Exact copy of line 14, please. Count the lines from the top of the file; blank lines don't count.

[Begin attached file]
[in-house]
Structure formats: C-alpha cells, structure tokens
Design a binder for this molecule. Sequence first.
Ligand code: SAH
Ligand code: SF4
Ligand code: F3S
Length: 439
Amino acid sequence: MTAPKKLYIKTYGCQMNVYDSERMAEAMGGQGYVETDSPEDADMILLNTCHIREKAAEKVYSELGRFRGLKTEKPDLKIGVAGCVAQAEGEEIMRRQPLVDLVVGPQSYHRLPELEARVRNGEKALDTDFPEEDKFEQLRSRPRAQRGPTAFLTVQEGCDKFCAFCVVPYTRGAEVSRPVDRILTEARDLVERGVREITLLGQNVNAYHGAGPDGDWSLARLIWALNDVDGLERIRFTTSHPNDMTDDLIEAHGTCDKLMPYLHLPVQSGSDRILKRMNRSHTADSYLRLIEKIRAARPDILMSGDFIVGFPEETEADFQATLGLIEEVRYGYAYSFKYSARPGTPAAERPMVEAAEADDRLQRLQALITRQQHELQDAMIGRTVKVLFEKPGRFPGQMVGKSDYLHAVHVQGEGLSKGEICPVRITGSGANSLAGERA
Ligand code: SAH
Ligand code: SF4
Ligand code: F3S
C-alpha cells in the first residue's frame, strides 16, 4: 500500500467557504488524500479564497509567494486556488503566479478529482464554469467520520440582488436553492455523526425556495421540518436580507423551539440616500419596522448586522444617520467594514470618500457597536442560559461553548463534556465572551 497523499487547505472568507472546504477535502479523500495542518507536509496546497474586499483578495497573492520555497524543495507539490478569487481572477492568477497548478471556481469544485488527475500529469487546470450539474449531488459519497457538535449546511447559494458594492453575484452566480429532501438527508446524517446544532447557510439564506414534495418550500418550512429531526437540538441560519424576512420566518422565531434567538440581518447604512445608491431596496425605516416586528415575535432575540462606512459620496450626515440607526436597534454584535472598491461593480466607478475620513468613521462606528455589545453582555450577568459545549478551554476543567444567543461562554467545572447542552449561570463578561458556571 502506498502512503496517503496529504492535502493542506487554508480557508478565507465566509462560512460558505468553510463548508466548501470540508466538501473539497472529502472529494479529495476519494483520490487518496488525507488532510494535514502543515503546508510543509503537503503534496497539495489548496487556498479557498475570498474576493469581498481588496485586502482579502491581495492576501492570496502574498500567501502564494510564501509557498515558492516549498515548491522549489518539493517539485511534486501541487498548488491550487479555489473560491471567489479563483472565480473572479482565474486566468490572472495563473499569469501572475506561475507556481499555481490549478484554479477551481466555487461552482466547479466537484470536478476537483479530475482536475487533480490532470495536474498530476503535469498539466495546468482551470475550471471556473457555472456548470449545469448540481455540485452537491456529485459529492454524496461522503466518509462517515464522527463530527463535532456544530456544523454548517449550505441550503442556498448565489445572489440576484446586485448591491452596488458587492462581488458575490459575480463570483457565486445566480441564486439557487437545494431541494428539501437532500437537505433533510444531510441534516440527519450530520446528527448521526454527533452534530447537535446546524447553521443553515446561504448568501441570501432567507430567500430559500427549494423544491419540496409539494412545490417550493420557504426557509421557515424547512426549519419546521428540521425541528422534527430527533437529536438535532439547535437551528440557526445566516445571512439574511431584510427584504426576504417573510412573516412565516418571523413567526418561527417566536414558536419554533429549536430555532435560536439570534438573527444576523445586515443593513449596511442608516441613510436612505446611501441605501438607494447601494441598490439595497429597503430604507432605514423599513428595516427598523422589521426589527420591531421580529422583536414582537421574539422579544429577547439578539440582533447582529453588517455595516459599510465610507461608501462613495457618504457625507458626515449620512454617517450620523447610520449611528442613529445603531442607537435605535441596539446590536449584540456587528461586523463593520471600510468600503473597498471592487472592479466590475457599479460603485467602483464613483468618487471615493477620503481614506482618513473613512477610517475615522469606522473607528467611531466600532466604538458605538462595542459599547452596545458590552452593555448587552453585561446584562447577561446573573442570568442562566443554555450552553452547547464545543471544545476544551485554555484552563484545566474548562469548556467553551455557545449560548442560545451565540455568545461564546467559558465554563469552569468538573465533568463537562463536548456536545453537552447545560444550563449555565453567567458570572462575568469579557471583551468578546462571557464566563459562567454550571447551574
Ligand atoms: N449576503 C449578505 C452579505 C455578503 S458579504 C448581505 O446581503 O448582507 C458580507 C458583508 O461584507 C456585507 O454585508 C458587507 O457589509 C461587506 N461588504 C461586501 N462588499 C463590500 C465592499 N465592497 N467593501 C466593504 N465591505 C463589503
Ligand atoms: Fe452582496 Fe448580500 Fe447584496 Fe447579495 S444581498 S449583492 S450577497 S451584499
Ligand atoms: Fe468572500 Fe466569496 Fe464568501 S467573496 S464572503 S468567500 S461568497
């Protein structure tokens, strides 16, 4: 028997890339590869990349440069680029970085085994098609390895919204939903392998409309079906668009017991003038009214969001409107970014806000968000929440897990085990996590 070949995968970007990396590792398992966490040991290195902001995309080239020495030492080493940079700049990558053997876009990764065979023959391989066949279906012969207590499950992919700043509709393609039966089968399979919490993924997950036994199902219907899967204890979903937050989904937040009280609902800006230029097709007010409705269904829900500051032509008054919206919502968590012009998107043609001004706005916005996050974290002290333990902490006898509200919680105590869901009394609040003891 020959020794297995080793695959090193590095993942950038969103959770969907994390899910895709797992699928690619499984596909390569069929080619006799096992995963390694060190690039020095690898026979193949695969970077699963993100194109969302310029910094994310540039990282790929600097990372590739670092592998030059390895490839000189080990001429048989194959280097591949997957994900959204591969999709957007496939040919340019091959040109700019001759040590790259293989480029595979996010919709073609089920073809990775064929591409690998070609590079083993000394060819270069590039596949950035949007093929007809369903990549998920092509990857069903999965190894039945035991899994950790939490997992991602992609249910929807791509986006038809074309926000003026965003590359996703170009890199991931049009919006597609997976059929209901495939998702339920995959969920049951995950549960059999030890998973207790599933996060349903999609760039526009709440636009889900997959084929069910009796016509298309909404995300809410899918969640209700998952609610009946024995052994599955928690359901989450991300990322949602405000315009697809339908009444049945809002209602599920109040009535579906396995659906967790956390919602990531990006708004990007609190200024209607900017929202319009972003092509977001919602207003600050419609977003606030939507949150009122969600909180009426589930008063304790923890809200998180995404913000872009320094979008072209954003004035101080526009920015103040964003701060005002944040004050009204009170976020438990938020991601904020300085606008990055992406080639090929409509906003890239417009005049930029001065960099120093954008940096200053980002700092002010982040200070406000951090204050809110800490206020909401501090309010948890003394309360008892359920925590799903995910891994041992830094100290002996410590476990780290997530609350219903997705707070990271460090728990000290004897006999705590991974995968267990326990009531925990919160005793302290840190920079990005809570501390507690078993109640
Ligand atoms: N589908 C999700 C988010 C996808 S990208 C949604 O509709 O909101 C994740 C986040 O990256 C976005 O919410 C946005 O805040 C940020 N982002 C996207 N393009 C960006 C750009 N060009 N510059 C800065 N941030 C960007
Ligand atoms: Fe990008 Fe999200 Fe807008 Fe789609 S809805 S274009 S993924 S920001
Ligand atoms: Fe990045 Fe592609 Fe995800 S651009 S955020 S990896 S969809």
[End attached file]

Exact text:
Ligand atoms: Fe452582496 Fe448580500 Fe447584496 Fe447579495 S444581498 S449583492 S450577497 S451584499